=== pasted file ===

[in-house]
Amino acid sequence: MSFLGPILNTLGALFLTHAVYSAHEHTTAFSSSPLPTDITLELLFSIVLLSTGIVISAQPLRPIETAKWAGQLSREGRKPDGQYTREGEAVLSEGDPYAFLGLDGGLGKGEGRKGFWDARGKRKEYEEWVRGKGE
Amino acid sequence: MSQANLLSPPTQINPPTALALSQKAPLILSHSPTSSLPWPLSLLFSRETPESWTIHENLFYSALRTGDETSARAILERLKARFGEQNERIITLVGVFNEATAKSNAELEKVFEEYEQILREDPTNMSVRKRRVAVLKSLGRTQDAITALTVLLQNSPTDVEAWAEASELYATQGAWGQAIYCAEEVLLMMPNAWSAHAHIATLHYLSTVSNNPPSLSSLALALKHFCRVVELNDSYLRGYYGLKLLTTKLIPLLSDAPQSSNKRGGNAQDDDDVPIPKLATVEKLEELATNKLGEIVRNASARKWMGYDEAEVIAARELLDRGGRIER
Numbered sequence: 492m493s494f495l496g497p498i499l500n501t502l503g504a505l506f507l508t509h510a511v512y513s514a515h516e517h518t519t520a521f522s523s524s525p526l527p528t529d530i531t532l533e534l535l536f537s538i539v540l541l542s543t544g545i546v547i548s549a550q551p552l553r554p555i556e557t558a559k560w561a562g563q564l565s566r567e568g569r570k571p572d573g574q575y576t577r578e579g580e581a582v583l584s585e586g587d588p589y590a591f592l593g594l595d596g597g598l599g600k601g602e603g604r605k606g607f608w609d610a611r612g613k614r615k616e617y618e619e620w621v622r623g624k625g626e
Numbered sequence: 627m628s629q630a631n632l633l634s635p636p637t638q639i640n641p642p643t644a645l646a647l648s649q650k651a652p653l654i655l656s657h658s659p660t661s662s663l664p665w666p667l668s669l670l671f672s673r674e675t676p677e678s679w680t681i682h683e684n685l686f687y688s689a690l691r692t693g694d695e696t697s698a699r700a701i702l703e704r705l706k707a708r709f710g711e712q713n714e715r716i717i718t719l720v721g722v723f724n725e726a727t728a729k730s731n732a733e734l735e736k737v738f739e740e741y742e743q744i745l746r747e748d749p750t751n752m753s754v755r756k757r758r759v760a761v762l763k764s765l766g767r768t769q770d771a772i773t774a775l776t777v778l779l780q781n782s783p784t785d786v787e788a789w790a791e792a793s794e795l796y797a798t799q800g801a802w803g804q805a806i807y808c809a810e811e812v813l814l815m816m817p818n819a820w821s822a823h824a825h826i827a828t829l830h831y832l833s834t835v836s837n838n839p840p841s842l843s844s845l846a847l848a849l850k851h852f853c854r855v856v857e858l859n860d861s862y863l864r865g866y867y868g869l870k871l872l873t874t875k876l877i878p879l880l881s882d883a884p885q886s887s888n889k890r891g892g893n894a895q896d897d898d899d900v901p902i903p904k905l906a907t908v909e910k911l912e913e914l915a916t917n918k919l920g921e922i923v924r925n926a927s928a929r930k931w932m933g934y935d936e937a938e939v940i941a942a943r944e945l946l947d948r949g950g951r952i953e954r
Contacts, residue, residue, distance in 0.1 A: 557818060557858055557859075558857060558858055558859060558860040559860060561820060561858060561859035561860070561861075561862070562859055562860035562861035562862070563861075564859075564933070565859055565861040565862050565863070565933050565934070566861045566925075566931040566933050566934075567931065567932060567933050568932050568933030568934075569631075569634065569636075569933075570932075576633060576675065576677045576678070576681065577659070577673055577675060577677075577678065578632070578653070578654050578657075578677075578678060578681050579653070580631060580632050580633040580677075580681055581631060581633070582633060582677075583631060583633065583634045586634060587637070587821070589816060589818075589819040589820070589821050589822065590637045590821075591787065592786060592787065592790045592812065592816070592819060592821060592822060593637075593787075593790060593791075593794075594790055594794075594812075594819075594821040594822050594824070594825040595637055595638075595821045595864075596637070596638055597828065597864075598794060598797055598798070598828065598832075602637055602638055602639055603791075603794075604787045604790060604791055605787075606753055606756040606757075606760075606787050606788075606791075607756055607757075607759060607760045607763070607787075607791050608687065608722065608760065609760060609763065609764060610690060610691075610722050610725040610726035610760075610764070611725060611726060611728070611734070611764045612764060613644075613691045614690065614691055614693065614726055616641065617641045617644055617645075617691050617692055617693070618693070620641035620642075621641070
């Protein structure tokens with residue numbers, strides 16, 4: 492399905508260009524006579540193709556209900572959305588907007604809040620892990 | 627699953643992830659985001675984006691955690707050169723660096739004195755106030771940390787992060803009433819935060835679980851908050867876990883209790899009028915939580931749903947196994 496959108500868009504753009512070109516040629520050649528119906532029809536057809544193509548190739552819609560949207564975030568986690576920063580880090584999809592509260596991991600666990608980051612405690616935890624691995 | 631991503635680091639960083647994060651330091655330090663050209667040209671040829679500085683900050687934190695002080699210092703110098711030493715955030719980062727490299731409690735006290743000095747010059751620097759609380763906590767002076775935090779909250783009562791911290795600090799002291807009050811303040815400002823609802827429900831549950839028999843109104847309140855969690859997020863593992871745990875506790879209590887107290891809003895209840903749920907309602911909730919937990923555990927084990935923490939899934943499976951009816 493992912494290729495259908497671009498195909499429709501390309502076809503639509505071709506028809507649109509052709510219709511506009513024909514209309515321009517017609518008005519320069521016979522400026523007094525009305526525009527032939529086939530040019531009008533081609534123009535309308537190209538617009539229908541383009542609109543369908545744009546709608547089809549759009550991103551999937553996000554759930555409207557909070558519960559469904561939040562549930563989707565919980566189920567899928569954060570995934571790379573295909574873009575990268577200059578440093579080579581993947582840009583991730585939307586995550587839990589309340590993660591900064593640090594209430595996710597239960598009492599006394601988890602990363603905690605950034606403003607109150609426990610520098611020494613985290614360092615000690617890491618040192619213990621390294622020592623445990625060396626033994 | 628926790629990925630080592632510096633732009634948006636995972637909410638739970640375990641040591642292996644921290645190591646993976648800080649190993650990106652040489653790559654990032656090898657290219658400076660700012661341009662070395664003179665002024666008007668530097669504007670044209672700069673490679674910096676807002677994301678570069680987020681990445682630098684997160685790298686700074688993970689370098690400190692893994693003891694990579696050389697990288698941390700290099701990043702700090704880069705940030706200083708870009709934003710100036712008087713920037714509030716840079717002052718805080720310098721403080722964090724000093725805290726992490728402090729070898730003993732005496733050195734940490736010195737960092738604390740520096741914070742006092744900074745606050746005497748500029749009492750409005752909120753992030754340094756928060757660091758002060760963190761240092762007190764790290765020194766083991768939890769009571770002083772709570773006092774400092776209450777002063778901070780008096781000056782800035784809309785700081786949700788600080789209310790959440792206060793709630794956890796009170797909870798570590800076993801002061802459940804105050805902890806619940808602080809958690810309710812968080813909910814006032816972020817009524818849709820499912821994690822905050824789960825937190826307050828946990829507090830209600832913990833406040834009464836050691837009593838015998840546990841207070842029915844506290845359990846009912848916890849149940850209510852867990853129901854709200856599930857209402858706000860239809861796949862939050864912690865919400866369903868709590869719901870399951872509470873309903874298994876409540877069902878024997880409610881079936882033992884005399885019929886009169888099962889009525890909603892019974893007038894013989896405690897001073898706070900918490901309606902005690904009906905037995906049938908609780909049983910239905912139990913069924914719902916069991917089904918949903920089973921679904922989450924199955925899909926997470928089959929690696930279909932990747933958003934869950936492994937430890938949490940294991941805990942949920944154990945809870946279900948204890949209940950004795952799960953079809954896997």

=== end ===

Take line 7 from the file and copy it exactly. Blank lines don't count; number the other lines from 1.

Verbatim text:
């Protein structure tokens with residue numbers, strides 16, 4: 492399905508260009524006579540193709556209900572959305588907007604809040620892990 | 627699953643992830659985001675984006691955690707050169723660096739004195755106030771940390787992060803009433819935060835679980851908050867876990883209790899009028915939580931749903947196994 496959108500868009504753009512070109516040629520050649528119906532029809536057809544193509548190739552819609560949207564975030568986690576920063580880090584999809592509260596991991600666990608980051612405690616935890624691995 | 631991503635680091639960083647994060651330091655330090663050209667040209671040829679500085683900050687934190695002080699210092703110098711030493715955030719980062727490299731409690735006290743000095747010059751620097759609380763906590767002076775935090779909250783009562791911290795600090799002291807009050811303040815400002823609802827429900831549950839028999843109104847309140855969690859997020863593992871745990875506790879209590887107290891809003895209840903749920907309602911909730919937990923555990927084990935923490939899934943499976951009816 493992912494290729495259908497671009498195909499429709501390309502076809503639509505071709506028809507649109509052709510219709511506009513024909514209309515321009517017609518008005519320069521016979522400026523007094525009305526525009527032939529086939530040019531009008533081609534123009535309308537190209538617009539229908541383009542609109543369908545744009546709608547089809549759009550991103551999937553996000554759930555409207557909070558519960559469904561939040562549930563989707565919980566189920567899928569954060570995934571790379573295909574873009575990268577200059578440093579080579581993947582840009583991730585939307586995550587839990589309340590993660591900064593640090594209430595996710597239960598009492599006394601988890602990363603905690605950034606403003607109150609426990610520098611020494613985290614360092615000690617890491618040192619213990621390294622020592623445990625060396626033994 | 628926790629990925630080592632510096633732009634948006636995972637909410638739970640375990641040591642292996644921290645190591646993976648800080649190993650990106652040489653790559654990032656090898657290219658400076660700012661341009662070395664003179665002024666008007668530097669504007670044209672700069673490679674910096676807002677994301678570069680987020681990445682630098684997160685790298686700074688993970689370098690400190692893994693003891694990579696050389697990288698941390700290099701990043702700090704880069705940030706200083708870009709934003710100036712008087713920037714509030716840079717002052718805080720310098721403080722964090724000093725805290726992490728402090729070898730003993732005496733050195734940490736010195737960092738604390740520096741914070742006092744900074745606050746005497748500029749009492750409005752909120753992030754340094756928060757660091758002060760963190761240092762007190764790290765020194766083991768939890769009571770002083772709570773006092774400092776209450777002063778901070780008096781000056782800035784809309785700081786949700788600080789209310790959440792206060793709630794956890796009170797909870798570590800076993801002061802459940804105050805902890806619940808602080809958690810309710812968080813909910814006032816972020817009524818849709820499912821994690822905050824789960825937190826307050828946990829507090830209600832913990833406040834009464836050691837009593838015998840546990841207070842029915844506290845359990846009912848916890849149940850209510852867990853129901854709200856599930857209402858706000860239809861796949862939050864912690865919400866369903868709590869719901870399951872509470873309903874298994876409540877069902878024997880409610881079936882033992884005399885019929886009169888099962889009525890909603892019974893007038894013989896405690897001073898706070900918490901309606902005690904009906905037995906049938908609780909049983910239905912139990913069924914719902916069991917089904918949903920089973921679904922989450924199955925899909926997470928089959929690696930279909932990747933958003934869950936492994937430890938949490940294991941805990942949920944154990945809870946279900948204890949209940950004795952799960953079809954896997």